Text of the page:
In 1876, there was the April Uprising, a Bulgarian rebellion against the Ottoman Empire. In the Russo-Turkish War (1877–1878), the Russian Empire overcame the Ottomans. In 1878, Bulgaria became, in part, independent, although the Ottomans controlled its foreign policy.

20th century


Bulgaria pulled away from Ottoman Empire's influence with the help of the Russian Empire who were already fighting the Ottomans. But it was not until 1908 that the whole country of Bulgaria was united as modern Bulgaria.

Bulgaria joined the side of Germany in World War I and lost. Bulgaria had hoped to get part of the lands Bulgaria lost in the Balkan Wars.

During the first year of World War II Bulgaria said it was neutral and refused to join sides with Nazi Germany or the Soviet Union. Bulgaria's military and economy were had a close connection with Germany. Bulgaria's leaders signed the Tripartite Pact with Germany in March 1941. This let German forces go through Bulgaria to reach Greece.

Bulgaria's troops invaded Greece and Yugoslavia just after the governments of those countries surrendered. Bulgaria occupied the lands of modern North Macedonia and parts of Greece. (Both areas had been part of Bulgaria before the Balkan Wars.) The Bulgarian government also sent Jews to concentration camps and ghettoes in the Holocaust. The king of Bulgaria, Tsar Boris III, died after talking to Hitler in August 1943. Before the Tsar died, the Kingdom of Bulgaria had sent at least 11,343 Jews to the extermination camps.

In 1944 when it became clear that the Allied Powers would win the war, Bulgaria had to find another solution. Their leaders declared that they withdrew from the Axis forces and helped the German army leave the Balkans through Bulgaria. The Soviet Union didn't respect Bulgaria's claim to be neutral. The Red Army invaded Bulgaria in September 1944. At the same time, a new pro-Soviet government took power in Sofia. At this point, the Jews were released from the ghettoes and concentration camps in Bulgaria. The new government joined the Allies, and the military started to attack the German army, which the Bulgarian government had helped to leave Bulgarian lands.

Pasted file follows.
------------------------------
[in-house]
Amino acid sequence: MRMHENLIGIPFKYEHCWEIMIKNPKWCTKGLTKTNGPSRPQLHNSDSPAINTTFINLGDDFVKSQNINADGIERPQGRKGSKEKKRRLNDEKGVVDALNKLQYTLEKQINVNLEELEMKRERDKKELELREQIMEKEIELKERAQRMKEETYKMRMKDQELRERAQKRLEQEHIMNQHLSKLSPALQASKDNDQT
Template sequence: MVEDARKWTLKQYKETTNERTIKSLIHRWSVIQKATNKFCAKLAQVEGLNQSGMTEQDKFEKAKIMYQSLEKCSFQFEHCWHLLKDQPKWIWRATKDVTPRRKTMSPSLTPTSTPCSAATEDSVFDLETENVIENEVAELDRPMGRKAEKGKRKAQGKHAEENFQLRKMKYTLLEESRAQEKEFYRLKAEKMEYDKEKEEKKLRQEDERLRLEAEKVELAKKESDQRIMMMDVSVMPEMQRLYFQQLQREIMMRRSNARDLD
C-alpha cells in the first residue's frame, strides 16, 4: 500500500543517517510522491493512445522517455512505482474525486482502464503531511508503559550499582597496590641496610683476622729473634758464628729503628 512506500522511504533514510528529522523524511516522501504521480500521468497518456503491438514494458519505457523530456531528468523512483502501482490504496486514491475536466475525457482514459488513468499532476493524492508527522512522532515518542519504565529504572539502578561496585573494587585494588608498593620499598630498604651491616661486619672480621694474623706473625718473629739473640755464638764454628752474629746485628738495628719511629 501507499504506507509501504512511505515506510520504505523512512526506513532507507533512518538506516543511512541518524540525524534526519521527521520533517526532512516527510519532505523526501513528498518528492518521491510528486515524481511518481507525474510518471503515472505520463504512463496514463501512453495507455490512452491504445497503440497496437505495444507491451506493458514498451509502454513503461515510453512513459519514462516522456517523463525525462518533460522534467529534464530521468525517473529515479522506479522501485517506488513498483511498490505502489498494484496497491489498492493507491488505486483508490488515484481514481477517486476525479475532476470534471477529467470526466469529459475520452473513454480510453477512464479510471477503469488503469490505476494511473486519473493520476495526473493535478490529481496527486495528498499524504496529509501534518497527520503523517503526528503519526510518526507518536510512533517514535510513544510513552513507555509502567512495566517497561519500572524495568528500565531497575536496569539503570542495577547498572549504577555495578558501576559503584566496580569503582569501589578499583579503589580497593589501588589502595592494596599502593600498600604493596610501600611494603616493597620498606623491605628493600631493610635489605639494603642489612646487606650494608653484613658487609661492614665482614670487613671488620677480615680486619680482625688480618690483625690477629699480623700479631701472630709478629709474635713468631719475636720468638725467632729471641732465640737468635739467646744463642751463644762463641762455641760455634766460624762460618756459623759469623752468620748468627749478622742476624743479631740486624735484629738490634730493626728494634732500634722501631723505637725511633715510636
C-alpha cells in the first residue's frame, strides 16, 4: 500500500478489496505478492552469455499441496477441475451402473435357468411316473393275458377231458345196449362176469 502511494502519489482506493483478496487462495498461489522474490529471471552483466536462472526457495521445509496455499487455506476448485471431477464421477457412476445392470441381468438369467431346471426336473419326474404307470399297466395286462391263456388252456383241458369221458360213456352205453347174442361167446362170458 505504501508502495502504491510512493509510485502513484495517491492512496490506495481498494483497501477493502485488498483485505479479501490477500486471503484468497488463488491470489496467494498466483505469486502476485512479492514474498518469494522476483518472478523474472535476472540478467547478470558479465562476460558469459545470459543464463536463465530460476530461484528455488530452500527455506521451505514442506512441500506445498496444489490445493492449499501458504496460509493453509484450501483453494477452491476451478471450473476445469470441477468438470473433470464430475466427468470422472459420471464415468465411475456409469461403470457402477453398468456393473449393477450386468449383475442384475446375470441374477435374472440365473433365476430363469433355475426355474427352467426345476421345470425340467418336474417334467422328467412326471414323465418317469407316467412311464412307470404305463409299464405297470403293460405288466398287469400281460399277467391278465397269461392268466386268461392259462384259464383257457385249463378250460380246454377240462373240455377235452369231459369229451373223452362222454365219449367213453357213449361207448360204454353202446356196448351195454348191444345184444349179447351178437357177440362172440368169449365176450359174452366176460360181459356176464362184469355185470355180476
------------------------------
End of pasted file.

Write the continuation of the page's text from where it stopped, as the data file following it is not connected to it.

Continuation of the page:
The Soviets replaced the royal monarchy with Communism in 1947 before they withdrew from Bulgaria in 1949. For 40 years, under their leader Todor Zhivkov, Bulgaria was very close to the Soviet Union and followed their instructions. Bulgaria invaded Czechoslovakia to stop the Prague Spring in 1968.

Shortly after the fall of the Berlin Wall, on 10 November 1989, the Bulgarian Communist Party gave up their rule and allowed the country to elect leaders of their own choice. In a few years, Bulgaria had serious money problems under the new socialist government. Since that time Bulgaria has managed to recover.[9]

Economy and Social Welfare


Bulgaria's economy was dependent on the COMECON market. This was a group of communist countries (Soviet Union, Bulgaria, Czechoslovakia, Hungary, Poland, and Romania) that agreed to work together. This group fell apart in 1989 with the fall of communism in Europe. While this was good for personal freedom, it was too much of a change for the businesses and jobs. Also, Yugoslavia, their neighbor, fell into a civil war as their country broke apart, and that did not help Bulgaria. Living standards fell by 40 percent as people lost their jobs and their savings were not worth much, and even some newborn babies were sent to orphanages when their parents could not take care of them.

In 1994 Bulgaria had a short economic boom. But that slowed down in 1996 from bad finance deals and other banking problems. In 1997 there was high inflation (the money could not buy as much as it did before). Retired people had little income (their pension did not go up as fast as inflation did) and their savings were not worth very much. Many retired people were begging in the streets for food. But since then the economy has grown steadily. People from outside the country started putting money into businesses and houses, and Bulgarians learned how to make their own businesses.

The state no longer has free health care. This system has been replaced by an insurance plan that people pay for, and drug costs are based on income. Private health care is encouraged nowadays. Help for people who lose their jobs is no longer automatic, but some help is available, based on family status and length of unemployment.[10]

The retirement age for men is 64 years and for women 61 years.[11] It will be 63 years and 9 months for woman and 65 years and 3 months for man.